• In Lincoln’s last public address, he gave a preview of his idea of what reconstruction would entail, focusing on Louisiana, where the Radical Republicans were already champing at the bit to impose a harsher solution. He would have had a much lighter hand than the Radicals.
    http://www.abrahamlincolnonline.org/lincoln/speeches/last.htm
    It’s safe to say that Lincoln would have had a fierce, bitter battle on his hands with a powerful section of his own party. But he also would have had many advantages that Johnson did not–starting with significant party support, the aura of victory and genuine political skills the haplessly combative Johnson lacked in their entirety. More than anything else, the last really crippled Andrew Johnson.

  • We are having technical difficulties on the blog that have prevented me from posting new content today. We are working on it and hopefully we will be back to normal operations by tomorrow.

  • Don, memory tells me the Shermans’ terms to Johnston were rejected by Stanton,contrary to Lincolns directive, indicative of Stantons hatred for the reb’s- and that is why Sherman refused to acknowledge Stanton[snubbed him] in the reviewing stand of the Grand Review day 2 of the Army of the Republic in Washington. I’ve not read of President Johnson having a hand in the reversal of terms; sherman always held halleck first and stanton ultimately for the reversal and embarrassment over the terms offered and forced to be withdrawn from Joe Johnston…… will read back on that after sending this; beautiful glimpse into the man who is Lincoln; myth and all. t-u

  • “Don, memory tells me the Shermans’ terms to Johnston were rejected by Stanton,contrary to Lincolns directive, indicative of Stantons hatred for the reb’s- and that is why Sherman refused to acknowledge Stanton[snubbed him] in the reviewing stand of the Grand Review day 2 of the Army of the Republic in Washington.’

    Sherman bore life long hatred for Stanton for the rejection of the peace terms. However, Sherman had gone far beyond the surrender terms that Grant gave Lee, to dealing with long term policy that had to be decided in Washington. Any President, including Lincoln, would have rejected the terms, and that is what Johnson did. See the link below for a post that I wrote on the subject.

    https://almostchosenpeople.wordpress.com/2015/04/21/april-21-1865-stanton-to-grant-hostilities-to-be-resumed/

  • “How could prisoners of war acquire weapons before they were released from custody?”

    Paroled prisoners were immediately released. That is what Grant did to Pemberton’s entire army after the fall of Vicksburg. They could not fight again until they had been exchanged with an enemy POW who was released. Grant was dismayed during the fighting at Chattanooga to see among the Confederates captured, men he had paroled at Vicksburg who had not yet been exchanged. The system of parole and exchange broke down in 1864 when the Confederates refused to allow Union colored troops to be part of the system, and when Grant realized that due to his manpower superiority exchanging prisoners benefitted Lee far more than him.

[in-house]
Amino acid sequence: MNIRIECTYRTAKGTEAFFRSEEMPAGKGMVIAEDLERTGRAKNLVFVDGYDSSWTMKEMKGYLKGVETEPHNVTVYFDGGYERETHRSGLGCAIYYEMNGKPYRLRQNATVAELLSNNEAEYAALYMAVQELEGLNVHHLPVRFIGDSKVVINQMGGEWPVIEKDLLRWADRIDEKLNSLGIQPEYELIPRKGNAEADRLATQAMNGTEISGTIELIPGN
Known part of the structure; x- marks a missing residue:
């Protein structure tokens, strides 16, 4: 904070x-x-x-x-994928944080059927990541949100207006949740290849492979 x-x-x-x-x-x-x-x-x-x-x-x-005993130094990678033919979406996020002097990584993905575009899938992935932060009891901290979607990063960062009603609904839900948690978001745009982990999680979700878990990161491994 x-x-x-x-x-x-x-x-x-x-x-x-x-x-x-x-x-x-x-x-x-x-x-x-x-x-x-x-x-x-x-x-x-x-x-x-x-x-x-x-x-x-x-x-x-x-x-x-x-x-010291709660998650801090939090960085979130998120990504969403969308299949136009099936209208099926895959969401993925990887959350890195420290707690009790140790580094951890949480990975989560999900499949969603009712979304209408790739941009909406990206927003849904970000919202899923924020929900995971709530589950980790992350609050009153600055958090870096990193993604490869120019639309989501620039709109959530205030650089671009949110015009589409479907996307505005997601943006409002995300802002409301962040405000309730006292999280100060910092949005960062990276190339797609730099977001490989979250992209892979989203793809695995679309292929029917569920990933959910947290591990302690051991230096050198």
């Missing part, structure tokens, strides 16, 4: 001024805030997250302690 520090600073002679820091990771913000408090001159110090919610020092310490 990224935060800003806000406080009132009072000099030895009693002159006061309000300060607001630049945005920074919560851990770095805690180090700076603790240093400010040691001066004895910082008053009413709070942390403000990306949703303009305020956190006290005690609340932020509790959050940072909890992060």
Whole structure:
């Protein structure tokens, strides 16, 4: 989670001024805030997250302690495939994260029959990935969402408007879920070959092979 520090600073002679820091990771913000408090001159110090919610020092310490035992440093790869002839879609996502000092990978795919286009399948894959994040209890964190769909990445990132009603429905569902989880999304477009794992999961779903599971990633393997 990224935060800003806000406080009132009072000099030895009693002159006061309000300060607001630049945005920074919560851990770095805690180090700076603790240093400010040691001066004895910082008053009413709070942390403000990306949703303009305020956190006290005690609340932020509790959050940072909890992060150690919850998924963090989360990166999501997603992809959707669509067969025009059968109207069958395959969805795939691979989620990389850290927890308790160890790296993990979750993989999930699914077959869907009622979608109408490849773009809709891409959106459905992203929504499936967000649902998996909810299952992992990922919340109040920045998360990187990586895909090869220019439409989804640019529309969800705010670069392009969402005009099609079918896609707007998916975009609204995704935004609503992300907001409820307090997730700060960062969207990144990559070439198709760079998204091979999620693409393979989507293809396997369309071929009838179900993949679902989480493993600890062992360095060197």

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  • Don – excellent re-direct. I have seen a number of commentators who state that the decision to reject shermans’ terms to Joe Johnston was done at the cabinet level in discussions led by Stanton, but i had forgotten the broader conditions Sherman had included regarding civil affairs in his MOU.

    Most students of that ugly affair between the states recall the animosity between Stanton and Sherman and the famous snub on the review stand- ah those jesuits!

    No where can i find wherein Pes. Johnson, himself, explicitly rejected the proposed terms.
    Can you help?

  • nice try Don, but no cigar- Where does Pres Johnson specifically reject the Sherman terms? was my question- saying it was “Washington ” is too vague…… i contend that it was done at the cabinet level, led by Stanton, hence the animosity between Sherman and Stanton – i would not be surprised to learn it was Grant himself who told Sherman personally , when he traveled to see him 3 days after the cabinet meeting, it was Stanton who took him out at the knees – note this lifting from your post- from G.W.’s diary – the president was invited but he does not mention him being there or even a word quoting the presidents feelings on this- i suggest that is “conspicuous by it’s absence”. G.W. itemizes Stantons objections…… but not one word about the Presidents comments.

    ………..General Grant had just received Sherman’s terms. “They are of such importance,” he wrote to Secretary of War Edwin Stanton, “that I think immediate action should be taken on them and that I[sic] should be done by the President in council with his whole cabinet.” He strongly urged them to meet that night. By 6pm, Stanton was calling at the door of Gideon Welles, and two hours later, the meeting commenced.

    “Among the Cabinet and all present there was but one mind on this subject,” recorded Welles in his diary. “The plan was rejected, and Sherman’s arrangement disapproved. Stanton and [Joshuah] Speed were emphatic in their condemnation, though the latter expressed personal friendship for Sherman. General Grant, I was pleased to see, while disapproving what Sherman had done, and decidedly opposed to it, was tender to sensitiveness of his brother officer and abstained from censure. Stanton came charged with specified objections, four in number, counting them off on his fingers. Some of his argument was apt and well, some of it not in good taste nor precisely pertinent. It was decided that General Grant should immediately inform General Sherman that his course was disapproved, and that generals in the field must not take upon themselves to decide on political and civil questions, which belonged to the executive and civil service.”